Before going to sleep at night we say "Kriyat Shema Al HaMita", the bedtime Shema. Most people say the bracha "HaMapil" along with the first paragraph of Shema and other verses that were chosen to guard over us during sleep, and to enable us to fall asleep with words of Torah on our lips. The question we will address is whether it's permitted to talk after saying the bracha or not.
The Rema in the Shulchan Aruch (Orach Haim 239,1) writes that one should not eat, drink or talk after saying Kriyat Shema at bedtime, rather one should go to sleep immediately, as it says "Reflect in your hearts while on your beds, and be utterly silent" (Tehillim 4,5 – said at the end of the bedtime kriyat shema). This would make sense according to the usual rules of not having any separation between a bracha and doing the action of the bracha (a hefsek). Just as one cannot speak between saying the bracha over doing a mitzvah (blowing the shofar, putting up a mezuzah etc) and the action – so too here, one should make sure that there is no break between the bracha over going to sleep (hamapil) and falling asleep. Of course, sometimes it might take a while to actually fall asleep, but lying silently waiting for sleep to come is not considered a break (Mishna Brurah, ibid 3). This line of thought is supported by the wording of the bracha, which is in the first person "who casts the bonds of sleep upon my eyes and slumber upon my eyelids…". (See Biur Halacha ibid). In other words, this bracha is over the act of going to sleep, and care should be taken to make sure that it is adjacent to the sleep – just like all other brachot we say over different mitzvot and actions.
On the other hand the Chayai Adam (35,4) raises the possibility that this is not a bracha over the act of sleeping at all. Rather it is a bracha of praise for the great natural process Hashem created in His world called sleep. Just as we say the morning brachot (including "who gives strength to the weary") even when they don’t apply directly to our personal situation (i.e. even if we are personally exhausted) – so too here, we could say the bracha over going to sleep even if we personally may not be falling asleep at that instant (although everyone agrees that only those actually planning to go to sleep say this bracha, and not someone who is planning to stay awake all night). Hence, this is not a bracha over the action of going to sleep, but rather a bracha said at bedtime praising the creation of sleep in general. If so, then the concept of a hefsek does not apply.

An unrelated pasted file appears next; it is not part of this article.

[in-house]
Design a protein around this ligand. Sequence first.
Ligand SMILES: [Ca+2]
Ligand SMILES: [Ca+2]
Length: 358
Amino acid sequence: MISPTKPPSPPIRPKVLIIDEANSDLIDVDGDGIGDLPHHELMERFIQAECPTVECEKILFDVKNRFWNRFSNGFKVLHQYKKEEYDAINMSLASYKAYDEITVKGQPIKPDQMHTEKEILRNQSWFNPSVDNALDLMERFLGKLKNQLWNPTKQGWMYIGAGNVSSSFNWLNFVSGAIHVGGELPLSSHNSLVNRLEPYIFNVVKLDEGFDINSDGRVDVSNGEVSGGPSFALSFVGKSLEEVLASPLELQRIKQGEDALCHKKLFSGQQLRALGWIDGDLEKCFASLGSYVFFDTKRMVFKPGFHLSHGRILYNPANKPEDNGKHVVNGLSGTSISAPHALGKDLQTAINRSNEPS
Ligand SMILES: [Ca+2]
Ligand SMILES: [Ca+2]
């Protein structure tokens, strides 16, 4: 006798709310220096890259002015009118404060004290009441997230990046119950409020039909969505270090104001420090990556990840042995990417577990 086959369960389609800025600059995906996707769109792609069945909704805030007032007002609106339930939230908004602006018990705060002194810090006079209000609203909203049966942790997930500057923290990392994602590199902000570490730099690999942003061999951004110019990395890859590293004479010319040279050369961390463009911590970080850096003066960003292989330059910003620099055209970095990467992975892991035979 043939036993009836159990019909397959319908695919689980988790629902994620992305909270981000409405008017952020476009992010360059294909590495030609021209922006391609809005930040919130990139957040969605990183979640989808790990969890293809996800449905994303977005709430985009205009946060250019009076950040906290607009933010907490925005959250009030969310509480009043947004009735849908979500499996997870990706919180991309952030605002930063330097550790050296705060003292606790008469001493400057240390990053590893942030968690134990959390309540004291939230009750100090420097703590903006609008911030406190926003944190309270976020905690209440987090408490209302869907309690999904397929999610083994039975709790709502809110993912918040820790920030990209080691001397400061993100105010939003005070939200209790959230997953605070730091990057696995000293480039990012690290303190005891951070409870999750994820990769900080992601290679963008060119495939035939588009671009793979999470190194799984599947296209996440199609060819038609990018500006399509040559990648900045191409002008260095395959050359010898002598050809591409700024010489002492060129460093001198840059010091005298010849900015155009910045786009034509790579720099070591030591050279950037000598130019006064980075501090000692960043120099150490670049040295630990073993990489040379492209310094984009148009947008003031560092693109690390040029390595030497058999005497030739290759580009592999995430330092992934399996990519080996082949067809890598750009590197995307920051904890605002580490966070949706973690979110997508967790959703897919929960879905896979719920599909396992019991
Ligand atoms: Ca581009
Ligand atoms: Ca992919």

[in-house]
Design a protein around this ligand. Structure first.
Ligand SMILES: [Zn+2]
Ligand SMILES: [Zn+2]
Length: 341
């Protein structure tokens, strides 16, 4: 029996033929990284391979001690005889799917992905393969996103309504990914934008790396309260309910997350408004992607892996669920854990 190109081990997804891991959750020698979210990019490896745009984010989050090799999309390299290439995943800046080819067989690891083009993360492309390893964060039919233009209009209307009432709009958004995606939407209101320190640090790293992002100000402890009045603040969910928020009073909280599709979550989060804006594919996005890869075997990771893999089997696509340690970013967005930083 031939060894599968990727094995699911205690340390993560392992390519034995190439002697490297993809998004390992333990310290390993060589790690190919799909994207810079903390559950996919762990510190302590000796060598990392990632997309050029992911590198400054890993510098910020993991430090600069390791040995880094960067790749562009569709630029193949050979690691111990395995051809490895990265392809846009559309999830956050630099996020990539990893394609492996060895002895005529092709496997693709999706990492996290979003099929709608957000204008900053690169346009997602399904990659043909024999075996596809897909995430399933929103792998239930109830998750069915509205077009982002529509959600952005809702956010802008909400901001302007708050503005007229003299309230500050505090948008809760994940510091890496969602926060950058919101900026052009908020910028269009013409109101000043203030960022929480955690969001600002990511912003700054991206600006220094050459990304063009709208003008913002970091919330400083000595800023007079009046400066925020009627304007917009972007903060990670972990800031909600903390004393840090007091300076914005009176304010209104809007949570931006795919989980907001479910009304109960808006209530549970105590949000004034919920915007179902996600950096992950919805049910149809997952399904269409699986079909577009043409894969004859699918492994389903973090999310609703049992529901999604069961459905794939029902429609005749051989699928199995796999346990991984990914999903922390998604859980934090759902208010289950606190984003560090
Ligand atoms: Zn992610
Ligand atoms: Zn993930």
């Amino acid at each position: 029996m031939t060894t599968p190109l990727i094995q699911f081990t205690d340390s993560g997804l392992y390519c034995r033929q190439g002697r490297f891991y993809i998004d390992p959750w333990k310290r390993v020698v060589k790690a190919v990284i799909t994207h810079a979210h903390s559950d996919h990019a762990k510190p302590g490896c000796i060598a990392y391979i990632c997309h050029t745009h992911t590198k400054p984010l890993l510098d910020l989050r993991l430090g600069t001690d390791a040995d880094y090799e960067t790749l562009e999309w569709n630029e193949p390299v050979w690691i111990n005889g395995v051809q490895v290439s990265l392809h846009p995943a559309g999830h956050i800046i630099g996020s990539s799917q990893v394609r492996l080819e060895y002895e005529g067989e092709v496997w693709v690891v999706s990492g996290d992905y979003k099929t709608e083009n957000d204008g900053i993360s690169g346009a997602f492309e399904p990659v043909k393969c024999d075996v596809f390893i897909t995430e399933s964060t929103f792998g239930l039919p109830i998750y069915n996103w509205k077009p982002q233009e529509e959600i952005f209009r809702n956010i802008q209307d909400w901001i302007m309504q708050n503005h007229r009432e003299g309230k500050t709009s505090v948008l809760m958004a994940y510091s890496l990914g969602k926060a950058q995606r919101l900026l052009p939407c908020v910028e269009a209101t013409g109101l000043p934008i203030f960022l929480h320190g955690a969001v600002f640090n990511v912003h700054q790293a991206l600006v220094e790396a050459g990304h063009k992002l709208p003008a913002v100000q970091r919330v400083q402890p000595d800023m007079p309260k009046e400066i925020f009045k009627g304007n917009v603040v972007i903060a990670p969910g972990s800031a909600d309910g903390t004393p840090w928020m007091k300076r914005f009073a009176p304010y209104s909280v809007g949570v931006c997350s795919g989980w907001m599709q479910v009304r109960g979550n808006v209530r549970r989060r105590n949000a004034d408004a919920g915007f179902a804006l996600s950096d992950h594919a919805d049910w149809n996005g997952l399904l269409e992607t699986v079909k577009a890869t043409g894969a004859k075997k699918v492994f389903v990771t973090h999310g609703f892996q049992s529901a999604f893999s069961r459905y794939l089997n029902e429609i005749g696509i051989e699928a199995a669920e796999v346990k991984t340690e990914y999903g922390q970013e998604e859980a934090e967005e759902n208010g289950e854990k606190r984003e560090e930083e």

Bottom line – most opinions rule that one should try hard to make sure that one will not have to talk between the bracha and actually falling asleep. A good idea may be to say all the rest of Kriyat Shema, except the bracha, when first getting ready for bed, and hold off with just the last bracha of HaMapil before switching off the light and closing your eyes. However, if one has a need to talk after the bracha, many rabbis permit this, based on the logic presented above that this is a general praise of sleep rather than a bracha on the act of falling asleep at that instant. (See Piskay Tshuvot 239,3).שיעורים נוספים ניתן למצוא בקטגוריות הבאות: ברכות
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